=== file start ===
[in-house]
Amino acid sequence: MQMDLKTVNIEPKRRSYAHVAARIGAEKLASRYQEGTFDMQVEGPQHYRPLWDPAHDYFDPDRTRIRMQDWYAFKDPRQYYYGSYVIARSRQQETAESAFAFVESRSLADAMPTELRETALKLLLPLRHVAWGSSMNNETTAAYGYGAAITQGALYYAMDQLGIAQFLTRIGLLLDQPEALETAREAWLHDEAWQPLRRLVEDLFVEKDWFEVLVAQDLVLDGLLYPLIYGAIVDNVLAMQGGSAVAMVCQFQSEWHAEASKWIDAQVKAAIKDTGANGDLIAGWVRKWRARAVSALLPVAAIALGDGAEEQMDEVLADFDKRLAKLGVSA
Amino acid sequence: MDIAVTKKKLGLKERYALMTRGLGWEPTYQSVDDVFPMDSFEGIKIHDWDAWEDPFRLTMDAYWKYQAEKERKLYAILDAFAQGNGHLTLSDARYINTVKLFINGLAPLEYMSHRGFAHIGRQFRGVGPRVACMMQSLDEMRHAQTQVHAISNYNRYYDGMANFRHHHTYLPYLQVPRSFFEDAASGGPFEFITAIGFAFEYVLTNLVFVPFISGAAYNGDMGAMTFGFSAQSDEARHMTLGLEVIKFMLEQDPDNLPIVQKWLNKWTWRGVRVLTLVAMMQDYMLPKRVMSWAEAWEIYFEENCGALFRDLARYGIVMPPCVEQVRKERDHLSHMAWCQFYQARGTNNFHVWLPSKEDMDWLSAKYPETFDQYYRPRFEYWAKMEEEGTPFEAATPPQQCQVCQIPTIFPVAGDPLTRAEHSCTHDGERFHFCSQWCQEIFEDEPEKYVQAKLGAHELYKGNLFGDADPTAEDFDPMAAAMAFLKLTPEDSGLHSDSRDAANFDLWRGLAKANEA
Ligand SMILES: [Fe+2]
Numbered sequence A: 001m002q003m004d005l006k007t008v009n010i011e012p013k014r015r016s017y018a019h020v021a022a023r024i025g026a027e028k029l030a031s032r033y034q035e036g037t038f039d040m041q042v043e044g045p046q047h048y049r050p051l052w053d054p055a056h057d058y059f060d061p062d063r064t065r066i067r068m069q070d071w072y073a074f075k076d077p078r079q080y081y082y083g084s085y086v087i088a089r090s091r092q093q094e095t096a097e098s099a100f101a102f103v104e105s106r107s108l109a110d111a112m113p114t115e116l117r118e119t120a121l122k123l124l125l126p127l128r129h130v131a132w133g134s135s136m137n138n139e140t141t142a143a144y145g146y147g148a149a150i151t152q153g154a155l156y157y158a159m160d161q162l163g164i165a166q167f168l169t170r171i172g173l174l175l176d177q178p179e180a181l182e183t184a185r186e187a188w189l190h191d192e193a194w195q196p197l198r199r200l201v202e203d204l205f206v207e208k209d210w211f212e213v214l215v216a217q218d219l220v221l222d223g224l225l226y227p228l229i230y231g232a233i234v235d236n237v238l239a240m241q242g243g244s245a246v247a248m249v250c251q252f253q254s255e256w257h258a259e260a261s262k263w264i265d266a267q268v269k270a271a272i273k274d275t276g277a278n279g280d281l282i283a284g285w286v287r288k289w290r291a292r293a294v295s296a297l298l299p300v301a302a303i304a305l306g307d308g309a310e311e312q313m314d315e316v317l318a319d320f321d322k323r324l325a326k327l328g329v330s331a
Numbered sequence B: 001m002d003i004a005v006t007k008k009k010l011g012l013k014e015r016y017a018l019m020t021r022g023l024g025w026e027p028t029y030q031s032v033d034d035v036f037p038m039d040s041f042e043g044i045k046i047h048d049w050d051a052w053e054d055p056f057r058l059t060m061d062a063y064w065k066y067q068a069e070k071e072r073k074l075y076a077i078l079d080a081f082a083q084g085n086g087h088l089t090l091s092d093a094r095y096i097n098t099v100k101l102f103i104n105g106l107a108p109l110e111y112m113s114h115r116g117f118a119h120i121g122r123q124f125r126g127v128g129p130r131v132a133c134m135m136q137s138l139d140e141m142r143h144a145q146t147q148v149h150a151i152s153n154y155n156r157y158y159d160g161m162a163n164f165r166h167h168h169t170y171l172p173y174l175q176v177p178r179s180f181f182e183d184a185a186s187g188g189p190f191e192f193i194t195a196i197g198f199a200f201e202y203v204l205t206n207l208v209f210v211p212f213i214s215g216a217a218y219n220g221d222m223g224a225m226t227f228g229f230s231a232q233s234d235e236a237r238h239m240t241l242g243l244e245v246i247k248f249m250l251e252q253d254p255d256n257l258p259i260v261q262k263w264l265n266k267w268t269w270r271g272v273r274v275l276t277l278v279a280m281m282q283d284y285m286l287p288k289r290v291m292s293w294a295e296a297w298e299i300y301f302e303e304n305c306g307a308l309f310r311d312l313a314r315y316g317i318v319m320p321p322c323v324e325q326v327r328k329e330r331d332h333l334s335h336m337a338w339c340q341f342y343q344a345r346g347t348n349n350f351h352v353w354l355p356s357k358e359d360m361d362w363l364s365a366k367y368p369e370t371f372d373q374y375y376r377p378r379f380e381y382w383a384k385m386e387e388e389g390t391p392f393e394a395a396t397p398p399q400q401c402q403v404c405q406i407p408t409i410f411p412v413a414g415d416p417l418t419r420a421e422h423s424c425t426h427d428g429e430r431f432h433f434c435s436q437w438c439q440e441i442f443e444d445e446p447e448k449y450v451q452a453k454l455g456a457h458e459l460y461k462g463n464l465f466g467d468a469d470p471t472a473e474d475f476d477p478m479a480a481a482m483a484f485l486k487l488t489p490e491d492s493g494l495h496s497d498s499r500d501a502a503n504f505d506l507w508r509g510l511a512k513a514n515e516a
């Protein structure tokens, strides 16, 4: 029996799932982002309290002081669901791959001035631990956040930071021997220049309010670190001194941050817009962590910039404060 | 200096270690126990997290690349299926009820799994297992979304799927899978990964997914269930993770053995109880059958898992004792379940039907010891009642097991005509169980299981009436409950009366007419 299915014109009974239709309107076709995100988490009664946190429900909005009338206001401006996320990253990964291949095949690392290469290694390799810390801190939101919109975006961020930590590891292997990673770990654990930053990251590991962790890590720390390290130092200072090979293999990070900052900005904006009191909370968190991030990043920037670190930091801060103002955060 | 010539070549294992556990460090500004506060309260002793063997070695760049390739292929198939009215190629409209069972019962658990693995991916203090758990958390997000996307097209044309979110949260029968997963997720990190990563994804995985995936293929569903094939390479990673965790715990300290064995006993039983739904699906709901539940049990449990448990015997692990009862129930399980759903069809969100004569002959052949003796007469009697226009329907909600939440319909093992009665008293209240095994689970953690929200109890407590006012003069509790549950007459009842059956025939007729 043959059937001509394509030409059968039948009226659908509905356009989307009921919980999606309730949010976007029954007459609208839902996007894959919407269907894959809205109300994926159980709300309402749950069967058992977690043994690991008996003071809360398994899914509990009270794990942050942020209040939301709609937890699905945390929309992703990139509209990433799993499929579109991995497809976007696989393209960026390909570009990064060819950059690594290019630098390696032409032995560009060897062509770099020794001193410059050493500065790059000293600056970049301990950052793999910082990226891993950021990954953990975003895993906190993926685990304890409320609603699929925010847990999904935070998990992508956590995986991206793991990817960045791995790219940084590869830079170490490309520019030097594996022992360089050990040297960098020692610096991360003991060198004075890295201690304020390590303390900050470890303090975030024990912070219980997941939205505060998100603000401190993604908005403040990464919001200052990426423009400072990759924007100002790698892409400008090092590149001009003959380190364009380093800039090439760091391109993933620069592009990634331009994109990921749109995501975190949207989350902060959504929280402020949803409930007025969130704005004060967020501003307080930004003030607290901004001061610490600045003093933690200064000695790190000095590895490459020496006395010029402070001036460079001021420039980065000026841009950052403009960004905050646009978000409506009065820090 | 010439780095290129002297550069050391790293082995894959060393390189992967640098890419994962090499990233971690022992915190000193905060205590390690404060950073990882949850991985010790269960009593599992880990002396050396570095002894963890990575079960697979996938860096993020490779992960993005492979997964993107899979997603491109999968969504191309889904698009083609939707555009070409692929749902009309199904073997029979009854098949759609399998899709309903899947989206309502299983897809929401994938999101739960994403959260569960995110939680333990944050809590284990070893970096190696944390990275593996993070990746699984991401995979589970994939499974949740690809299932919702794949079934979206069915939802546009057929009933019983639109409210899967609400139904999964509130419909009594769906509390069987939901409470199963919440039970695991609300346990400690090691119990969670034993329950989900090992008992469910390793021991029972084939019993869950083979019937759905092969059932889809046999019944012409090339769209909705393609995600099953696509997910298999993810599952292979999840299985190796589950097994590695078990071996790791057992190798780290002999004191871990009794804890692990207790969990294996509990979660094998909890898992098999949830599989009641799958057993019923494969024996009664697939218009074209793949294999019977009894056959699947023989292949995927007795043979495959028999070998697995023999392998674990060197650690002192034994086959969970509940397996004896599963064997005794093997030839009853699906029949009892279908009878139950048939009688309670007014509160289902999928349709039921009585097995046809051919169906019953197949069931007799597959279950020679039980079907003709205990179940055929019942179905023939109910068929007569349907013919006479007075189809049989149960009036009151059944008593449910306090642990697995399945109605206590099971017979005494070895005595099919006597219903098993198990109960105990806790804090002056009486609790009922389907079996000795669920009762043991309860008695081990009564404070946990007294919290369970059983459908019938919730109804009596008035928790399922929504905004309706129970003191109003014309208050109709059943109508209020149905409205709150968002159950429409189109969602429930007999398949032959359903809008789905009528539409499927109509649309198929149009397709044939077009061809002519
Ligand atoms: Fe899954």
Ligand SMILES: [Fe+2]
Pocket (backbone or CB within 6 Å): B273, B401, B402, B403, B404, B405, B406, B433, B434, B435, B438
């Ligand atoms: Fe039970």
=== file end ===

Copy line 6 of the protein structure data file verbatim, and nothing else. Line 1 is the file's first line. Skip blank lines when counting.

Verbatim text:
Numbered sequence B: 001m002d003i004a005v006t007k008k009k010l011g012l013k014e015r016y017a018l019m020t021r022g023l024g025w026e027p028t029y030q031s032v033d034d035v036f037p038m039d040s041f042e043g044i045k046i047h048d049w050d051a052w053e054d055p056f057r058l059t060m061d062a063y064w065k066y067q068a069e070k071e072r073k074l075y076a077i078l079d080a081f082a083q084g085n086g087h088l089t090l091s092d093a094r095y096i097n098t099v100k101l102f103i104n105g106l107a108p109l110e111y112m113s114h115r116g117f118a119h120i121g122r123q124f125r126g127v128g129p130r131v132a133c134m135m136q137s138l139d140e141m142r143h144a145q146t147q148v149h150a151i152s153n154y155n156r157y158y159d160g161m162a163n164f165r166h167h168h169t170y171l172p173y174l175q176v177p178r179s180f181f182e183d184a185a186s187g188g189p190f191e192f193i194t195a196i197g198f199a200f201e202y203v204l205t206n207l208v209f210v211p212f213i214s215g216a217a218y219n220g221d222m223g224a225m226t227f228g229f230s231a232q233s234d235e236a237r238h239m240t241l242g243l244e245v246i247k248f249m250l251e252q253d254p255d256n257l258p259i260v261q262k263w264l265n266k267w268t269w270r271g272v273r274v275l276t277l278v279a280m281m282q283d284y285m286l287p288k289r290v291m292s293w294a295e296a297w298e299i300y301f302e303e304n305c306g307a308l309f310r311d312l313a314r315y316g317i318v319m320p321p322c323v324e325q326v327r328k329e330r331d332h333l334s335h336m337a338w339c340q341f342y343q344a345r346g347t348n349n350f351h352v353w354l355p356s357k358e359d360m361d362w363l364s365a366k367y368p369e370t371f372d373q374y375y376r377p378r379f380e381y382w383a384k385m386e387e388e389g390t391p392f393e394a395a396t397p398p399q400q401c402q403v404c405q406i407p408t409i410f411p412v413a414g415d416p417l418t419r420a421e422h423s424c425t426h427d428g429e430r431f432h433f434c435s436q437w438c439q440e441i442f443e444d445e446p447e448k449y450v451q452a453k454l455g456a457h458e459l460y461k462g463n464l465f466g467d468a469d470p471t472a473e474d475f476d477p478m479a480a481a482m483a484f485l486k487l488t489p490e491d492s493g494l495h496s497d498s499r500d501a502a503n504f505d506l507w508r509g510l511a512k513a514n515e516a